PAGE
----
The public is invited to attend a stakeholder meeting Aug. 14 relating to the land application of biosolids in Ellis County.

Texas Commission on Environmental Quality staff members will be on hand to receive input on the farming practice, which has come under fire in some areas of the county.

Available information indicates that Ellis County has 47,000 acres comprising 69 sites and 34 landowners that have submitted a letter of notice to the TCEQ that they want biosolids applications. Of that noticed acreage, from 3,600 to 4,200 acres will have the material applied to the soil on an annual basis.

The meeting, which will begin at 7 p.m. at the Midlothian Conference Center, is the result of a rule-change petition filed by Midlothian area resident Cole Turner in May. The petition cites nuisance odor issues and asks that the state’s environmental regulatory agency prohibit the land application of sewer sludge in or within three miles of a city limit in a county with a population of 140,000 or more that is located adjacent to a county with a population between 2 million and 4 million.

TCEQ commissioners discussed the rule-change petition during their June meeting in Austin, with a consensus that the agency’s staff take a look at the issue from a statewide perspective. In addition to the meeting in Ellis County, others are scheduled for Aug. 13 in Springtown, Aug. 22 in Brookshire and Aug. 28 in Austin.

The meeting topics will include:

• Background and rulemaking process

• Slideshow – what are biosolids; class A vs. class B sewage sludge; permits vs. notification authorizations.

• Overview of petition

• Rulemaking process and timeline

• Additional stakeholder involvement in the rulemaking process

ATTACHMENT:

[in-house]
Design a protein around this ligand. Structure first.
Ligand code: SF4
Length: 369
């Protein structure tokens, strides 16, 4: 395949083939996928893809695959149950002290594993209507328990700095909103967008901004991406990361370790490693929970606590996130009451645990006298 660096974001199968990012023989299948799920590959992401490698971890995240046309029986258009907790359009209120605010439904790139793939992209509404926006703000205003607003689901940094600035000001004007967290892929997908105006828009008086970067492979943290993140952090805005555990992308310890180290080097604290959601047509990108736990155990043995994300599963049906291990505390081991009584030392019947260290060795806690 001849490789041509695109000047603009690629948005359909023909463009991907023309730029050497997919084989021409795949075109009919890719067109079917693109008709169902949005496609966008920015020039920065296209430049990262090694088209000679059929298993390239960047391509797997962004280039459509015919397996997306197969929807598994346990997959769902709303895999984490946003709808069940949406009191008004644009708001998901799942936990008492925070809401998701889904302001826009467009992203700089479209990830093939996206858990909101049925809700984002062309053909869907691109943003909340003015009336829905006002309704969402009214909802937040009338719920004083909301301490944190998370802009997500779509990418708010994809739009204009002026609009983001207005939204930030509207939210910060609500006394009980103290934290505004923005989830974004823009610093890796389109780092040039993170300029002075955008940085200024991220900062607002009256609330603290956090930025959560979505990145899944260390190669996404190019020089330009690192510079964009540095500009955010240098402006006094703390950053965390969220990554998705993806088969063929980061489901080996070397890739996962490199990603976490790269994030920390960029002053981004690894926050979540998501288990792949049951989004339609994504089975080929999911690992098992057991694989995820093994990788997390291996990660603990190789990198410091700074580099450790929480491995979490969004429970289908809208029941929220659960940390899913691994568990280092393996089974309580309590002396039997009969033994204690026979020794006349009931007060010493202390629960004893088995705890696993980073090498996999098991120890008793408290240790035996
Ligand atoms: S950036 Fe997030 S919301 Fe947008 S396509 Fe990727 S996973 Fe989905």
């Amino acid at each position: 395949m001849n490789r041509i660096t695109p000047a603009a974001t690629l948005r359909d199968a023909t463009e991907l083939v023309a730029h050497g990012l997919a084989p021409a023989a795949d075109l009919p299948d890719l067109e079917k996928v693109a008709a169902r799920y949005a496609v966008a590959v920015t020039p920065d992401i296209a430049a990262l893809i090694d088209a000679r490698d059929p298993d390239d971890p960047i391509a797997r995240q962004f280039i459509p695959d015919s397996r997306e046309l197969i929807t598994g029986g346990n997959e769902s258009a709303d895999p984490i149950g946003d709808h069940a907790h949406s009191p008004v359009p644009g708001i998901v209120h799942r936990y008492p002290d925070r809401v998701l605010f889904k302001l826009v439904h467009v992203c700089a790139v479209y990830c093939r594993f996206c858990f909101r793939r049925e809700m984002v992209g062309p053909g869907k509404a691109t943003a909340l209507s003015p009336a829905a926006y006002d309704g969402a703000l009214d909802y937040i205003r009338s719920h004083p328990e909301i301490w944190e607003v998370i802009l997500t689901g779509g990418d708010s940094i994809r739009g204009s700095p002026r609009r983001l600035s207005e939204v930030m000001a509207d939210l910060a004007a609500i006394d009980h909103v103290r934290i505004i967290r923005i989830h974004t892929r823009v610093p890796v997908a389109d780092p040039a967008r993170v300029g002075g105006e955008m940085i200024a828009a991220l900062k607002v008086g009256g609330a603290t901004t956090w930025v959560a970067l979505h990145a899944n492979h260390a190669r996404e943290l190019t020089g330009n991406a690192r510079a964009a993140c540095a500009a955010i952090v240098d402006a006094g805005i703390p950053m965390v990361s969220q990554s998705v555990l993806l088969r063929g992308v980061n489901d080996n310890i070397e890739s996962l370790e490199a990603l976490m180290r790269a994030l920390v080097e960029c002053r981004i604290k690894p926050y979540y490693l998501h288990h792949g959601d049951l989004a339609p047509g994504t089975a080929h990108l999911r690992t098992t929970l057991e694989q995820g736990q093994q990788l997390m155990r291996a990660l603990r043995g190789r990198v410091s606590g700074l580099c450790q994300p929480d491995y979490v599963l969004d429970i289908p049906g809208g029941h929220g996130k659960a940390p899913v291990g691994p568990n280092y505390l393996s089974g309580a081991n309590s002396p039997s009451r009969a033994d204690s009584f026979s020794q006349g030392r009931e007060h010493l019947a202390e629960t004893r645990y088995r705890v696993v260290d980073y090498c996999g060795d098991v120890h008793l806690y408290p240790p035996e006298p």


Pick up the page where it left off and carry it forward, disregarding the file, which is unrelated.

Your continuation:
• Purpose of the stakeholder meetings (rule and non-rule options to address odors at bulk sewage sludge application sites)

• Field investigations

• Documenting nuisance conditions

• Citizen-collected evidence

• Non-rulemaking options

• Permit provisions triggered by verified nuisance odors for generators and haulers/land applicators

• Rulemaking options

• Sewage sludge treatment processes – polymer addition, dewatering, composting, pelletization, lime stabilization, heat addition

• Transportation, staging and storage – covered vs. uncovered storage areas, storage and staging area holding times

• Management practices and site restrictions – buffer zones, weather forecasts, scheduling, slope requirements, applying through incorporation vs. surface spreading, requirements to reduce transport off-site on vehicle tires, additives, odor control plans, notification requirements

• Open discussion and comments

Written comments are being accepted on the issue until Aug. 30 and can be mailed to Brian Sierant, TCEQ Water Quality Division, P.O. Box 13087, MC-148, Austin, TX 78711-3087. Comments also may be submitted via email to For questions or additional information, contact Sierant by email or by phone at 512-239-1375.

The TCEQ executive director is slated to present findings and recommendations on the issue, as gathered through the stakeholder meetings and comments, to the agency’s commissioners during their Nov. 20 meeting in Austin.

The petition can be viewed online at the TCEQ’s website

Musing Green is a graduate project of Jo Ann Livingston, who is completing her master’s degree at the Frank W. Mayborn Graduate Institute of Journalism at the University of North Texas. The focus is on environmental and nature-related topics. Visit the website at, the blog at or the Musing Green Facebook page. A current topic of interest is the use of biosolids in Ellis County.